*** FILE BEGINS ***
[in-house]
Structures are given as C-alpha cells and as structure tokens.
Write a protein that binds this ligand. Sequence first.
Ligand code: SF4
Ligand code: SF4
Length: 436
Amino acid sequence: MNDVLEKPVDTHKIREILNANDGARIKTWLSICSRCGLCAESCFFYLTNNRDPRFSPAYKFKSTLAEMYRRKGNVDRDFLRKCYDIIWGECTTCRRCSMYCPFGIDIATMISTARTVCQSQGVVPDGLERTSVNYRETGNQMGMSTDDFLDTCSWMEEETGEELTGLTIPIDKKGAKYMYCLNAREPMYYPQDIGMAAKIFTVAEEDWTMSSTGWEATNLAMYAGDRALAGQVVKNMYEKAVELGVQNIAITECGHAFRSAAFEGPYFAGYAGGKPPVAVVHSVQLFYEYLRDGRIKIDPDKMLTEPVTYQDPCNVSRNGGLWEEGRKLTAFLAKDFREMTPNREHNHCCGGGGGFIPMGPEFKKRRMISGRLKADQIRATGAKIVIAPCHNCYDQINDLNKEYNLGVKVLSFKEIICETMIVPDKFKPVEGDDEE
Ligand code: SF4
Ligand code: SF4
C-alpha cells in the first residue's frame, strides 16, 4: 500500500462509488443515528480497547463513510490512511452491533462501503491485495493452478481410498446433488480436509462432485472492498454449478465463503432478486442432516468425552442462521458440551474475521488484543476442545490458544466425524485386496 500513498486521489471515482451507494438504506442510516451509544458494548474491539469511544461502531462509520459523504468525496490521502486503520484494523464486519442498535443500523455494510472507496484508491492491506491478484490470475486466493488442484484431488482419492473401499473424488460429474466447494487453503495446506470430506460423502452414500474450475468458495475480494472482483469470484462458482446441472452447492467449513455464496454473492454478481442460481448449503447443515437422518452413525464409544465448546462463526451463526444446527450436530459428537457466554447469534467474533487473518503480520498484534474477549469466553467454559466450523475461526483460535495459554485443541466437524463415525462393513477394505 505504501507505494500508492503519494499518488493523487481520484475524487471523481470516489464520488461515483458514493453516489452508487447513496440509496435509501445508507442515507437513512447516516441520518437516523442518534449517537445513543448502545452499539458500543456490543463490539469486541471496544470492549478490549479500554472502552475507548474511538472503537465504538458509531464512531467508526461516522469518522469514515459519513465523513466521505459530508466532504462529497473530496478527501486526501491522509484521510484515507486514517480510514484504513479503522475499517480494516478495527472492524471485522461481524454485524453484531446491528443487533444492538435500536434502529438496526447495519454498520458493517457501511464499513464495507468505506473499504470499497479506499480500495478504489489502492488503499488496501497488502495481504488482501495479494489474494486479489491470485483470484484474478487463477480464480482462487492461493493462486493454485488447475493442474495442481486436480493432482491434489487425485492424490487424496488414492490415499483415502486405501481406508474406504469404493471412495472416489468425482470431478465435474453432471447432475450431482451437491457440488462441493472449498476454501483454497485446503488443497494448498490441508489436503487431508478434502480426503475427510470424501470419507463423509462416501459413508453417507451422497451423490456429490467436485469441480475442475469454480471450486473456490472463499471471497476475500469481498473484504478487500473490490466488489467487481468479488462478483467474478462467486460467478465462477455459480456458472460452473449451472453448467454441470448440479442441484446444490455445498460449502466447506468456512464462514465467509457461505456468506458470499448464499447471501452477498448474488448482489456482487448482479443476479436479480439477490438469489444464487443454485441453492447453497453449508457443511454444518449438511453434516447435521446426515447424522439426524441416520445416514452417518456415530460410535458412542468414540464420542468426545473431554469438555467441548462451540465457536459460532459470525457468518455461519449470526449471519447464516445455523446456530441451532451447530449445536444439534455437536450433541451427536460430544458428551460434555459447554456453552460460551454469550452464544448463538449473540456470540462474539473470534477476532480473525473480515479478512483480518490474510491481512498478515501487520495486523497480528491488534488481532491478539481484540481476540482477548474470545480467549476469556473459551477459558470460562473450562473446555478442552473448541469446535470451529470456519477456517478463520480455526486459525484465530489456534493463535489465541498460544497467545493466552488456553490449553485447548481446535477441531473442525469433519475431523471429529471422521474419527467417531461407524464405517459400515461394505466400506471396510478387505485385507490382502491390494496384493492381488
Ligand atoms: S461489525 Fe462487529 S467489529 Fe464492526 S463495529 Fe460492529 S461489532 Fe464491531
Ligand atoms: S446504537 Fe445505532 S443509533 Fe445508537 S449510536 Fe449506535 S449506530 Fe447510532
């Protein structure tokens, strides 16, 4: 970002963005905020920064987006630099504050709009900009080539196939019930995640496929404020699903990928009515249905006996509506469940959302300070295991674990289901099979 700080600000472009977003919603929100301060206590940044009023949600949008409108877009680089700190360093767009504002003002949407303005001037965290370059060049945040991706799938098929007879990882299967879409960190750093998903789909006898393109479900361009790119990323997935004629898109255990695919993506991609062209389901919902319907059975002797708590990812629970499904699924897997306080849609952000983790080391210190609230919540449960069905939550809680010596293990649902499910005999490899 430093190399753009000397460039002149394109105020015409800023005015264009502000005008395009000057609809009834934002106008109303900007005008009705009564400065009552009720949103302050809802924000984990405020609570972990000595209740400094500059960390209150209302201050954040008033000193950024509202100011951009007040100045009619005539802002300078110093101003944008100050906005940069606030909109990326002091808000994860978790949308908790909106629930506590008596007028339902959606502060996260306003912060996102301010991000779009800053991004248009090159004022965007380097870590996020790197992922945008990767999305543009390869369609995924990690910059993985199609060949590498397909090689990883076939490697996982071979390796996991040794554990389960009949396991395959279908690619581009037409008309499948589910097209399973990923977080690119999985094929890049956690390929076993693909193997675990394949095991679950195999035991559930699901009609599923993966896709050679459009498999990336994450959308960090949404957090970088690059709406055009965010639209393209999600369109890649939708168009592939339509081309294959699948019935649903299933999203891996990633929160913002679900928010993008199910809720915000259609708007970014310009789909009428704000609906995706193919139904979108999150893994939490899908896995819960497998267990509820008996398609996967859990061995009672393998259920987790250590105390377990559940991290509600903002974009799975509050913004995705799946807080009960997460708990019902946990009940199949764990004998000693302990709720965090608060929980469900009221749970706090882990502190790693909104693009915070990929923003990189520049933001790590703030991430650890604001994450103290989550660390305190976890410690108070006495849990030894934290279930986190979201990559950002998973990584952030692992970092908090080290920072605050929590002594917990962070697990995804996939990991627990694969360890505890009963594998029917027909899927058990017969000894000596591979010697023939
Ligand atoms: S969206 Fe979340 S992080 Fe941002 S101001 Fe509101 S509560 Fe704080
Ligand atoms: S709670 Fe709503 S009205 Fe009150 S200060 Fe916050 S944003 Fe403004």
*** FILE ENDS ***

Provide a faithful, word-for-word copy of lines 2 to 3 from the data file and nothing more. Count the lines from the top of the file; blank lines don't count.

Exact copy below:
Structures are given as C-alpha cells and as structure tokens.
Write a protein that binds this ligand. Sequence first.